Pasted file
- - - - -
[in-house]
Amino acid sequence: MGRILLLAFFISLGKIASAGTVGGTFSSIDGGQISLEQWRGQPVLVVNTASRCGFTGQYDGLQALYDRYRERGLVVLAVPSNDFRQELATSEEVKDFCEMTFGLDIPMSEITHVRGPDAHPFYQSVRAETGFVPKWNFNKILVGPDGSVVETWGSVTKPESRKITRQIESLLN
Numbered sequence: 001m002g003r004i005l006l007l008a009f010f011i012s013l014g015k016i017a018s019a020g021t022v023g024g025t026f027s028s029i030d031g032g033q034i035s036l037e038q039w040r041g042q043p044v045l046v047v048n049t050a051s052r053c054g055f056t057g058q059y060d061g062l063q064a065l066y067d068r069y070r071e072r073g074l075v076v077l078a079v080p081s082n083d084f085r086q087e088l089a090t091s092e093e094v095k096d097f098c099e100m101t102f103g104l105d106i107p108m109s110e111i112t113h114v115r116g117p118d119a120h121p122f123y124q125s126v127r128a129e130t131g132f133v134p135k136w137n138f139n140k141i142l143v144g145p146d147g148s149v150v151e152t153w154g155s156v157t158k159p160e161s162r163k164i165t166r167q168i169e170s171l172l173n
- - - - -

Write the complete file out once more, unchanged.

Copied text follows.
[in-house]
Amino acid sequence: MGRILLLAFFISLGKIASAGTVGGTFSSIDGGQISLEQWRGQPVLVVNTASRCGFTGQYDGLQALYDRYRERGLVVLAVPSNDFRQELATSEEVKDFCEMTFGLDIPMSEITHVRGPDAHPFYQSVRAETGFVPKWNFNKILVGPDGSVVETWGSVTKPESRKITRQIESLLN
Numbered sequence: 001m002g003r004i005l006l007l008a009f010f011i012s013l014g015k016i017a018s019a020g021t022v023g024g025t026f027s028s029i030d031g032g033q034i035s036l037e038q039w040r041g042q043p044v045l046v047v048n049t050a051s052r053c054g055f056t057g058q059y060d061g062l063q064a065l066y067d068r069y070r071e072r073g074l075v076v077l078a079v080p081s082n083d084f085r086q087e088l089a090t091s092e093e094v095k096d097f098c099e100m101t102f103g104l105d106i107p108m109s110e111i112t113h114v115r116g117p118d119a120h121p122f123y124q125s126v127r128a129e130t131g132f133v134p135k136w137n138f139n140k141i142l143v144g145p146d147g148s149v150v151e152t153w154g155s156v157t158k159p160e161s162r163k164i165t166r167q168i169e170s171l172l173n